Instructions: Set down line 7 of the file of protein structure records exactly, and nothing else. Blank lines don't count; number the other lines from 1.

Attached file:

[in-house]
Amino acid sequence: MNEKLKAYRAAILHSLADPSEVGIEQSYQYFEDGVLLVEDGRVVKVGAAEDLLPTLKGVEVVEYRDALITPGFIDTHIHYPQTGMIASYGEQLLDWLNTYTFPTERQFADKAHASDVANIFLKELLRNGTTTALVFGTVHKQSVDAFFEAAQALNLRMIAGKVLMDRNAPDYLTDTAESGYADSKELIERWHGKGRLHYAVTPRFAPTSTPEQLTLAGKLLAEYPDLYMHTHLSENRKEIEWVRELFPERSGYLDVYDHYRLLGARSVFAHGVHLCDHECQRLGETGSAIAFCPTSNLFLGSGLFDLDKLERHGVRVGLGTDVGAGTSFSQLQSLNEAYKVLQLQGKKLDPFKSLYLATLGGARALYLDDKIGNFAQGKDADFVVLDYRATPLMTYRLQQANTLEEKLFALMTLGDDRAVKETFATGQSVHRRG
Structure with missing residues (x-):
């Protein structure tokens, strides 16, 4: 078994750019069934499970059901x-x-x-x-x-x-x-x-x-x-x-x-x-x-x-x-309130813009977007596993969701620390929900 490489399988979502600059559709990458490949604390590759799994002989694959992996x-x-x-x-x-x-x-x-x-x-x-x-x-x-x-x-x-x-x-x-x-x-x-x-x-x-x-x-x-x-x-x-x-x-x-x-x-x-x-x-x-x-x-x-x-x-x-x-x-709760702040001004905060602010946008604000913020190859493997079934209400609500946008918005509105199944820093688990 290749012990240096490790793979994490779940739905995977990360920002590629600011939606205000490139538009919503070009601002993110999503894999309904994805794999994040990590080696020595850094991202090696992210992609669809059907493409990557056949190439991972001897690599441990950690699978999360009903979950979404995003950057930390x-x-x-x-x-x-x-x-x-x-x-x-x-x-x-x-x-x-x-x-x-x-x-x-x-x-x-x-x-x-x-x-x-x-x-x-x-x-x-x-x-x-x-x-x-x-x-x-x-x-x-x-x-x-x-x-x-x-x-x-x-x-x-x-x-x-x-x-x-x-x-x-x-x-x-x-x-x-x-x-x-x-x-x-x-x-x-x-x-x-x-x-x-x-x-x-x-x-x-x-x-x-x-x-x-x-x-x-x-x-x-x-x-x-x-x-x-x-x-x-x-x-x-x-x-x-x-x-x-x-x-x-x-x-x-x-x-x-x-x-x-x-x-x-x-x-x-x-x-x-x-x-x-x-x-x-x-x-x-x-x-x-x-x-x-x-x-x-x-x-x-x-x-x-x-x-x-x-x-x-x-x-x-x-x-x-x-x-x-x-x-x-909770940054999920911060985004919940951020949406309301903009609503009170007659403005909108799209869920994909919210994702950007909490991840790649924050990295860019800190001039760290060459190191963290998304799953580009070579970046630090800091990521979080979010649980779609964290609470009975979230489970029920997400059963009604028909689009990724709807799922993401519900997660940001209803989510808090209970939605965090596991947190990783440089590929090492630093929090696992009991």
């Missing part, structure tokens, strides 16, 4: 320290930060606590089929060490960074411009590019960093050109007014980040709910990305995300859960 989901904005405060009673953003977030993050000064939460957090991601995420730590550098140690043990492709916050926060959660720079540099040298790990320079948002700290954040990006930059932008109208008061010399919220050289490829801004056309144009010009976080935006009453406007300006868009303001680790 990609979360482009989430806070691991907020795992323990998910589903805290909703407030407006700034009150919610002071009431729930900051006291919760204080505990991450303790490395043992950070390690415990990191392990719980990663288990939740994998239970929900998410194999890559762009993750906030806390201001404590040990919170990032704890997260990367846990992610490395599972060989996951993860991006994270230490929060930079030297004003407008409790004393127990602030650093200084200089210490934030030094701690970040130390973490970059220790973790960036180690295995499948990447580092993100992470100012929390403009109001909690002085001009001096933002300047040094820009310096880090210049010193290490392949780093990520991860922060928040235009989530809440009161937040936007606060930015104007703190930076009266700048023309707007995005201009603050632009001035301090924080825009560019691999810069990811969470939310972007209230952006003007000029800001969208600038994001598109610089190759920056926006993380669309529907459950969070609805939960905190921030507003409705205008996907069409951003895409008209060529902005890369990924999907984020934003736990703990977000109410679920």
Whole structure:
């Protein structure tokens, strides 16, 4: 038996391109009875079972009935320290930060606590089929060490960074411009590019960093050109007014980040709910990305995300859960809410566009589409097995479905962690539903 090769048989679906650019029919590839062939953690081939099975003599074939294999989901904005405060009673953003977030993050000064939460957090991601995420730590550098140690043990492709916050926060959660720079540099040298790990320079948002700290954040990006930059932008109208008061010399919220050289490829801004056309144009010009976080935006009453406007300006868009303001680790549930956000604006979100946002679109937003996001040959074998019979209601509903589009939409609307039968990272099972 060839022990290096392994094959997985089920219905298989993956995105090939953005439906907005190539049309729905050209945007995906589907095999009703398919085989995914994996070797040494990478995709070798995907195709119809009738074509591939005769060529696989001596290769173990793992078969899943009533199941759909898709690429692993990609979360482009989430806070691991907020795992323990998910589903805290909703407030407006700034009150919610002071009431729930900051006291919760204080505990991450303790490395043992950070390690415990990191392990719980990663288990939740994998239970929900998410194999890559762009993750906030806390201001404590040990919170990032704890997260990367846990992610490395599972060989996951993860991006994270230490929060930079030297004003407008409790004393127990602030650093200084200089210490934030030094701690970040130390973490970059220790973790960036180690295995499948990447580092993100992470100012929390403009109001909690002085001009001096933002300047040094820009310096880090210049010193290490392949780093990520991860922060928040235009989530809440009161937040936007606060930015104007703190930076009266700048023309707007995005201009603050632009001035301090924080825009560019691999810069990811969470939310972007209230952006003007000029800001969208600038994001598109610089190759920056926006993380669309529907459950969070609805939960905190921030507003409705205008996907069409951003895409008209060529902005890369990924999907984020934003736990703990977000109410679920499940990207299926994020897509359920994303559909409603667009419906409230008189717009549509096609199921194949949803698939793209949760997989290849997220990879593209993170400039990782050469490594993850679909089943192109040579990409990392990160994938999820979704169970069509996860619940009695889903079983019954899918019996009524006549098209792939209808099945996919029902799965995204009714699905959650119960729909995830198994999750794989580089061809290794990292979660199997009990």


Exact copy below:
């Protein structure tokens, strides 16, 4: 038996391109009875079972009935320290930060606590089929060490960074411009590019960093050109007014980040709910990305995300859960809410566009589409097995479905962690539903 090769048989679906650019029919590839062939953690081939099975003599074939294999989901904005405060009673953003977030993050000064939460957090991601995420730590550098140690043990492709916050926060959660720079540099040298790990320079948002700290954040990006930059932008109208008061010399919220050289490829801004056309144009010009976080935006009453406007300006868009303001680790549930956000604006979100946002679109937003996001040959074998019979209601509903589009939409609307039968990272099972 060839022990290096392994094959997985089920219905298989993956995105090939953005439906907005190539049309729905050209945007995906589907095999009703398919085989995914994996070797040494990478995709070798995907195709119809009738074509591939005769060529696989001596290769173990793992078969899943009533199941759909898709690429692993990609979360482009989430806070691991907020795992323990998910589903805290909703407030407006700034009150919610002071009431729930900051006291919760204080505990991450303790490395043992950070390690415990990191392990719980990663288990939740994998239970929900998410194999890559762009993750906030806390201001404590040990919170990032704890997260990367846990992610490395599972060989996951993860991006994270230490929060930079030297004003407008409790004393127990602030650093200084200089210490934030030094701690970040130390973490970059220790973790960036180690295995499948990447580092993100992470100012929390403009109001909690002085001009001096933002300047040094820009310096880090210049010193290490392949780093990520991860922060928040235009989530809440009161937040936007606060930015104007703190930076009266700048023309707007995005201009603050632009001035301090924080825009560019691999810069990811969470939310972007209230952006003007000029800001969208600038994001598109610089190759920056926006993380669309529907459950969070609805939960905190921030507003409705205008996907069409951003895409008209060529902005890369990924999907984020934003736990703990977000109410679920499940990207299926994020897509359920994303559909409603667009419906409230008189717009549509096609199921194949949803698939793209949760997989290849997220990879593209993170400039990782050469490594993850679909089943192109040579990409990392990160994938999820979704169970069509996860619940009695889903079983019954899918019996009524006549098209792939209808099945996919029902799965995204009714699905959650119960729909995830198994999750794989580089061809290794990292979660199997009990």